One common argument against mixing housing types and densities is that if housing type A (for example, townhouses or single-family homes) is mixed with housing type B (for example, condos), the neighborhood will somehow be “ruined” for residents of the less dense housing types.
Last week, my new wife and I visited Chicago for our honeymoon. The most interesting street we visited, on Chicago’s wealthy Gold Coast, was Astor Street, just a block from high-rise dominated Lake Shore Drive. What is unusual about Astor Street is its mix of housing types. Although this street is dominated by large attached houses, it also has a few tall-ish buildings next to the townhouses, such as the 25-floor condo building at 1300 North Astor, the 20-story Astor Villas at 1430 North Astor, and the 27-story Park Astor condos at 1515 North Astor.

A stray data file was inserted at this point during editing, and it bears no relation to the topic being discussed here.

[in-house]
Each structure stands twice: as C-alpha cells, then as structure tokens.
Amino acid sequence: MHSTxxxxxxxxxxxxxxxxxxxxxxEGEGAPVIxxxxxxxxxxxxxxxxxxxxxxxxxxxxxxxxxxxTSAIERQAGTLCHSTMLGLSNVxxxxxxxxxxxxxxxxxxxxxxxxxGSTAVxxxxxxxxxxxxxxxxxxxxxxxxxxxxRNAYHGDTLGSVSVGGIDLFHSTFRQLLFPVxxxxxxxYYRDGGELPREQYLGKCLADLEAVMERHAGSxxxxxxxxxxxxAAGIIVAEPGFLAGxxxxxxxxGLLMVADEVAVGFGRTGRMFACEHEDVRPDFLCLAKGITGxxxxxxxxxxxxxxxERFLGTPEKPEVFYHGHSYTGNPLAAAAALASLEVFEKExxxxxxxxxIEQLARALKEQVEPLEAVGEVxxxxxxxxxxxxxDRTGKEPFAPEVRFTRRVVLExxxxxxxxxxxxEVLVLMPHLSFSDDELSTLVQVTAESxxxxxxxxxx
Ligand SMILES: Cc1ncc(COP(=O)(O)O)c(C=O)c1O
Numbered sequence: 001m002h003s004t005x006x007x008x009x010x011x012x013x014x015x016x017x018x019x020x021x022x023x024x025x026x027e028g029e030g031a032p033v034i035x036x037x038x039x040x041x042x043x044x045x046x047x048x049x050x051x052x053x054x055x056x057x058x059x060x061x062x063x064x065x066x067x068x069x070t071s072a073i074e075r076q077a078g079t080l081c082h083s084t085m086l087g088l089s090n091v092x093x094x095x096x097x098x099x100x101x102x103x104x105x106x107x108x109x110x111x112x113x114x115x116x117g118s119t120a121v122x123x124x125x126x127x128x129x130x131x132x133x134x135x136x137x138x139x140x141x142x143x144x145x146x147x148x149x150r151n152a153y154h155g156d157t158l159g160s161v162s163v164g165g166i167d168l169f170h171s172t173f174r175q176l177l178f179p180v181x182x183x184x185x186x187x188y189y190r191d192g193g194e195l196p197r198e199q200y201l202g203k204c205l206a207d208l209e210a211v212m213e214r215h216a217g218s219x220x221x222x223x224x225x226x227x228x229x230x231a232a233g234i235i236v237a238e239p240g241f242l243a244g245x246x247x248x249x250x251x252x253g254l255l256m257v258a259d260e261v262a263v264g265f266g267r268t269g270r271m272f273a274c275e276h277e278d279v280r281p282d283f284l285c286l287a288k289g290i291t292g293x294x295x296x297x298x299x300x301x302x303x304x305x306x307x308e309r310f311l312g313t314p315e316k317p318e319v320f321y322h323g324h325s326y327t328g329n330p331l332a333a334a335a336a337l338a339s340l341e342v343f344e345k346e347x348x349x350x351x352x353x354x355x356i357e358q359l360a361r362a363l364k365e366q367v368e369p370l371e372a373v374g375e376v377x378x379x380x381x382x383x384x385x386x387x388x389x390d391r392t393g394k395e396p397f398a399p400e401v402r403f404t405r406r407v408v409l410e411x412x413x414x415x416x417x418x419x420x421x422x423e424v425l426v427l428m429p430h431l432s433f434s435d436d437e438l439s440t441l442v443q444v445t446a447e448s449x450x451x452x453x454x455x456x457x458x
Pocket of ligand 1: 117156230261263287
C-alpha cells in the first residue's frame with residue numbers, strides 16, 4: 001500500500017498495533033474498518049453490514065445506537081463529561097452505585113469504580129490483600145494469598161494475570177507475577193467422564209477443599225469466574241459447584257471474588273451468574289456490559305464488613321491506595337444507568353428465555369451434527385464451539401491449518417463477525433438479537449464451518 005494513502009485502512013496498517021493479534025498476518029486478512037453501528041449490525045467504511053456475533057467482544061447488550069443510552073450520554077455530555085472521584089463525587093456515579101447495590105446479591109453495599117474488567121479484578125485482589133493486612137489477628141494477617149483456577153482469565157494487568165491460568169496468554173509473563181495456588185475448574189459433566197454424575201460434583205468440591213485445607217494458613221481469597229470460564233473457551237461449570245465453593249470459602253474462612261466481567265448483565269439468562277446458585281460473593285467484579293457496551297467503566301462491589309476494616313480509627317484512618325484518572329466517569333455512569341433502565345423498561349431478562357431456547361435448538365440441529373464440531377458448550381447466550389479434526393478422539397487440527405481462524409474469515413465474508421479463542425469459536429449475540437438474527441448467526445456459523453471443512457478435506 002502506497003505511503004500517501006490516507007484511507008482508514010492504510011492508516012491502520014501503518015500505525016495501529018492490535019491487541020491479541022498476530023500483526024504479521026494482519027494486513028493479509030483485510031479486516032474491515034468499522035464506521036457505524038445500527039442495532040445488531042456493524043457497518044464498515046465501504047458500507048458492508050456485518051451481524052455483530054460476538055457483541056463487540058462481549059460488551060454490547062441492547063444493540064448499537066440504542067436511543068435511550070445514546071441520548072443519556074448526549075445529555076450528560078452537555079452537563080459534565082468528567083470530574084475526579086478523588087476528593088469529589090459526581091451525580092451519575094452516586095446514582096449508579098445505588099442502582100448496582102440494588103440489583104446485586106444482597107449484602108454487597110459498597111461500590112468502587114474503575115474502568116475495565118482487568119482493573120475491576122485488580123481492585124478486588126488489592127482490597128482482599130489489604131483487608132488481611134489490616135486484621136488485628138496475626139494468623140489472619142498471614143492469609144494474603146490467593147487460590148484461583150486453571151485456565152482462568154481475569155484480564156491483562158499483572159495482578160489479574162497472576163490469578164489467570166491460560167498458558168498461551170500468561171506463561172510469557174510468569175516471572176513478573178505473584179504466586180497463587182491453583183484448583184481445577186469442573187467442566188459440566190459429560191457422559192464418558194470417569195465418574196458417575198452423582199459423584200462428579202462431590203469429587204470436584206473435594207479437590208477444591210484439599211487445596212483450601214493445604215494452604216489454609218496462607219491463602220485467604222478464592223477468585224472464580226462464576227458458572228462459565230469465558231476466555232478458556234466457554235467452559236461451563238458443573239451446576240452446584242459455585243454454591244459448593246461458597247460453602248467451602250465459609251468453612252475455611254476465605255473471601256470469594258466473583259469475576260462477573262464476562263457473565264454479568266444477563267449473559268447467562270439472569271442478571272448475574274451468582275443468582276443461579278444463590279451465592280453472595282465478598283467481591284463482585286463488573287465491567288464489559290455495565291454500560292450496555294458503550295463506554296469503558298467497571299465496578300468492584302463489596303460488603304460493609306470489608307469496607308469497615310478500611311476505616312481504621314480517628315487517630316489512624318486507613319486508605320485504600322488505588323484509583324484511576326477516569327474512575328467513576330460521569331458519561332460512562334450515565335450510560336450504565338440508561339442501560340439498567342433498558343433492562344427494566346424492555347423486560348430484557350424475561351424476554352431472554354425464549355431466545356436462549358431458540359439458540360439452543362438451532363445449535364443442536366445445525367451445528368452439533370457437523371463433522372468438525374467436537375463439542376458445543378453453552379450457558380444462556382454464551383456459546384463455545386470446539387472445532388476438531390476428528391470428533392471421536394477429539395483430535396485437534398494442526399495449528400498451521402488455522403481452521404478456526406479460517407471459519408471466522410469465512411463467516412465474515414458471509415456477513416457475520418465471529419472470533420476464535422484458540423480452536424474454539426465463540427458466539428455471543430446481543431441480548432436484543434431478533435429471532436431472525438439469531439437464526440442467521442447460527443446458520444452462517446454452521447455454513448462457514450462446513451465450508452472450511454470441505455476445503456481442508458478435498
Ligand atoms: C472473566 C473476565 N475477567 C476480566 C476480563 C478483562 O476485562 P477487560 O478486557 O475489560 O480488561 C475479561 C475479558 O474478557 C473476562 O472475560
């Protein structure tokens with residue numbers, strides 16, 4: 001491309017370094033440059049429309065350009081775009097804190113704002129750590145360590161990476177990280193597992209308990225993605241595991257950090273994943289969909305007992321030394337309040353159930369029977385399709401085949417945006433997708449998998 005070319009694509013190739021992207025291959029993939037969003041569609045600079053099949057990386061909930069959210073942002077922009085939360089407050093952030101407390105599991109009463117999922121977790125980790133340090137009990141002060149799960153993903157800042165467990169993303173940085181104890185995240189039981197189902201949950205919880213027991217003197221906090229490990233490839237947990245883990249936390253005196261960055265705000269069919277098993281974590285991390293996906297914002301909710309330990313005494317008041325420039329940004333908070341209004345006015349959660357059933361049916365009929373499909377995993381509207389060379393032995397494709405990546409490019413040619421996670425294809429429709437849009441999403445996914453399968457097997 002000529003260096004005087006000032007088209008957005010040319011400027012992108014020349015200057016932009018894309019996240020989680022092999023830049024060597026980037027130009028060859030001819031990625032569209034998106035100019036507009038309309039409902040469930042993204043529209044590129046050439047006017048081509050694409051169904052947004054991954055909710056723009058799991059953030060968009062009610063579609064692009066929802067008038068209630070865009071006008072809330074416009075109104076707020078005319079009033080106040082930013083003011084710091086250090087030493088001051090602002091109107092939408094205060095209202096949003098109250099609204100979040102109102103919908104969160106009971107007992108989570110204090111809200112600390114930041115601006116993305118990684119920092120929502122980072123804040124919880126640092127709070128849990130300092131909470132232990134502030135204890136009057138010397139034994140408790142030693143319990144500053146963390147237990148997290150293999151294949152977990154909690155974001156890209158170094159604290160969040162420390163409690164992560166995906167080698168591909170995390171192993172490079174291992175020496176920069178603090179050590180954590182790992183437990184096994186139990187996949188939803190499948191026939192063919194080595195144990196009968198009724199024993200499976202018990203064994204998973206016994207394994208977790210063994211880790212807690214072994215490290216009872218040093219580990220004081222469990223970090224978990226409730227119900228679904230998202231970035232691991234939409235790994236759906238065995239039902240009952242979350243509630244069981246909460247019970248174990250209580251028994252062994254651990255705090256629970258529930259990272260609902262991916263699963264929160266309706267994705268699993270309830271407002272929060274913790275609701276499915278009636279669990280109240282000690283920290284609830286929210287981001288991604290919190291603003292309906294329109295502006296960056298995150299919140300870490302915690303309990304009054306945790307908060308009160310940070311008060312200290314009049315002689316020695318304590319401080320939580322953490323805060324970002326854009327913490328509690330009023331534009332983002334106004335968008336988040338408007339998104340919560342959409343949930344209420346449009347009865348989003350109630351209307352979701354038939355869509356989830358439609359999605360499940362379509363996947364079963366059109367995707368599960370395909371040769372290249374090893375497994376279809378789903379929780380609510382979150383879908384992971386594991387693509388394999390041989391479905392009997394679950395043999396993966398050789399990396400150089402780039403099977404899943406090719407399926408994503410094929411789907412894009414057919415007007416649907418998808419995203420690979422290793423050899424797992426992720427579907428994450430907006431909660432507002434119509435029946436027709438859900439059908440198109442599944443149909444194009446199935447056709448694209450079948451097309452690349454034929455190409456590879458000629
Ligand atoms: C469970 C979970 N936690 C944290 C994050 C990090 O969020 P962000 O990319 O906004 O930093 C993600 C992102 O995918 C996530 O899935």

Despite the tall buildings, this street felt like a quiet, beautiful, tree-shaded urban street. And the real estate market seems to agree: recent Zillow ads show a single-family house on Astor Street selling for over $2 million, and another one selling for over $3 million. By contrast, the average house in Astor Street’s zip code (60610) is valued at less than half a million dollars, and only 14.6 percent are worth over $1 million.
Clearly, multifamily housing has not “ruined” Astor Street.